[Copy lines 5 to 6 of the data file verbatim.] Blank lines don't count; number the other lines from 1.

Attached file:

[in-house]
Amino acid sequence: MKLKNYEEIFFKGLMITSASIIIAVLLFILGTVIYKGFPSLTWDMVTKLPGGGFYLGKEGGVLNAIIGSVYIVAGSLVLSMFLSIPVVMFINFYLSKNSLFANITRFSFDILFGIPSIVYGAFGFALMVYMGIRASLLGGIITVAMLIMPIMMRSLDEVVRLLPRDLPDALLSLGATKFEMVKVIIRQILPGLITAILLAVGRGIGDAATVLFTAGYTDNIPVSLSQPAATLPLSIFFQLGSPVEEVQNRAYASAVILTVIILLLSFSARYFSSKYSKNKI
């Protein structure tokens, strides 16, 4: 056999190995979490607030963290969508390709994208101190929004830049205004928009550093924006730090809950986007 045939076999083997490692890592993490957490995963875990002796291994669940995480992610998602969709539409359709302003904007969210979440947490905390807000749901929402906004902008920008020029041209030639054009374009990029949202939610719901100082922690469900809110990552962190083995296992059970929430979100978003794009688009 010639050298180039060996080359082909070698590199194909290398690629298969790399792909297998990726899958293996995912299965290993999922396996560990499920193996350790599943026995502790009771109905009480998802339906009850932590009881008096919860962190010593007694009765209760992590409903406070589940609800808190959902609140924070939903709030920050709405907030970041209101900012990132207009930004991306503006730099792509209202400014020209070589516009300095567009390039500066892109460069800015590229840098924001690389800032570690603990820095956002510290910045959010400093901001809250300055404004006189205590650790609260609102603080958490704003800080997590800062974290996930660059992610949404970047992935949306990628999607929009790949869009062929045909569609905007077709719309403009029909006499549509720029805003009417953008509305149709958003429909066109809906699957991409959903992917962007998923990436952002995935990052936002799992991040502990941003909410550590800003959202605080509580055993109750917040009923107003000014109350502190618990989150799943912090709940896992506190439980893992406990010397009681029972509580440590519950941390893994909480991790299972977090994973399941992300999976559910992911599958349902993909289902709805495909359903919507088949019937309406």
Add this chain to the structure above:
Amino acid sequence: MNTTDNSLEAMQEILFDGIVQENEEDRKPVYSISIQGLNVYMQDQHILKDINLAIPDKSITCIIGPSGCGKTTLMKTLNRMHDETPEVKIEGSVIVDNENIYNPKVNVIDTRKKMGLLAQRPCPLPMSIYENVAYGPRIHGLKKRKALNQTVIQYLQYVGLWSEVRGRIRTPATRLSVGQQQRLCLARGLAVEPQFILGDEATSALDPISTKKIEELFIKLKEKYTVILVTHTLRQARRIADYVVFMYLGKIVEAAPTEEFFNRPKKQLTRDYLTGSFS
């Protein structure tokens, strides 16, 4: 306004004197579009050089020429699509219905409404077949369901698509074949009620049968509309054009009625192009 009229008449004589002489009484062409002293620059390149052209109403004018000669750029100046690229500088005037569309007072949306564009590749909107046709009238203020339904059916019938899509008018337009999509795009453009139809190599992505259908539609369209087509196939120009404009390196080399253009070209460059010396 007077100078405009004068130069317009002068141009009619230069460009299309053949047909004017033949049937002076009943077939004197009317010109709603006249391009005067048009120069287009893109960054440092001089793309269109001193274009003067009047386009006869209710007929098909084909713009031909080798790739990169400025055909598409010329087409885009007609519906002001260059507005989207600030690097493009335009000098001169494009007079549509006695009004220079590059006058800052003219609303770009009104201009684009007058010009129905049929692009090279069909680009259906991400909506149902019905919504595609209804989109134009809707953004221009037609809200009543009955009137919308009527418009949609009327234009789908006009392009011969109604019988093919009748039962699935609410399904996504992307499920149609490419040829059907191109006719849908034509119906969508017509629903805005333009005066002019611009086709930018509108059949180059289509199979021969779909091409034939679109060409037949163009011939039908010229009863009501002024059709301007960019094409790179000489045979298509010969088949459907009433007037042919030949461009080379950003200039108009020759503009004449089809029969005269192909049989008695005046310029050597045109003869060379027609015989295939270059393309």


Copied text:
Amino acid sequence: MNTTDNSLEAMQEILFDGIVQENEEDRKPVYSISIQGLNVYMQDQHILKDINLAIPDKSITCIIGPSGCGKTTLMKTLNRMHDETPEVKIEGSVIVDNENIYNPKVNVIDTRKKMGLLAQRPCPLPMSIYENVAYGPRIHGLKKRKALNQTVIQYLQYVGLWSEVRGRIRTPATRLSVGQQQRLCLARGLAVEPQFILGDEATSALDPISTKKIEELFIKLKEKYTVILVTHTLRQARRIADYVVFMYLGKIVEAAPTEEFFNRPKKQLTRDYLTGSFS
């Protein structure tokens, strides 16, 4: 306004004197579009050089020429699509219905409404077949369901698509074949009620049968509309054009009625192009 009229008449004589002489009484062409002293620059390149052209109403004018000669750029100046690229500088005037569309007072949306564009590749909107046709009238203020339904059916019938899509008018337009999509795009453009139809190599992505259908539609369209087509196939120009404009390196080399253009070209460059010396 007077100078405009004068130069317009002068141009009619230069460009299309053949047909004017033949049937002076009943077939004197009317010109709603006249391009005067048009120069287009893109960054440092001089793309269109001193274009003067009047386009006869209710007929098909084909713009031909080798790739990169400025055909598409010329087409885009007609519906002001260059507005989207600030690097493009335009000098001169494009007079549509006695009004220079590059006058800052003219609303770009009104201009684009007058010009129905049929692009090279069909680009259906991400909506149902019905919504595609209804989109134009809707953004221009037609809200009543009955009137919308009527418009949609009327234009789908006009392009011969109604019988093919009748039962699935609410399904996504992307499920149609490419040829059907191109006719849908034509119906969508017509629903805005333009005066002019611009086709930018509108059949180059289509199979021969779909091409034939679109060409037949163009011939039908010229009863009501002024059709301007960019094409790179000489045979298509010969088949459907009433007037042919030949461009080379950003200039108009020759503009004449089809029969005269192909049989008695005046310029050597045109003869060379027609015989295939270059393309």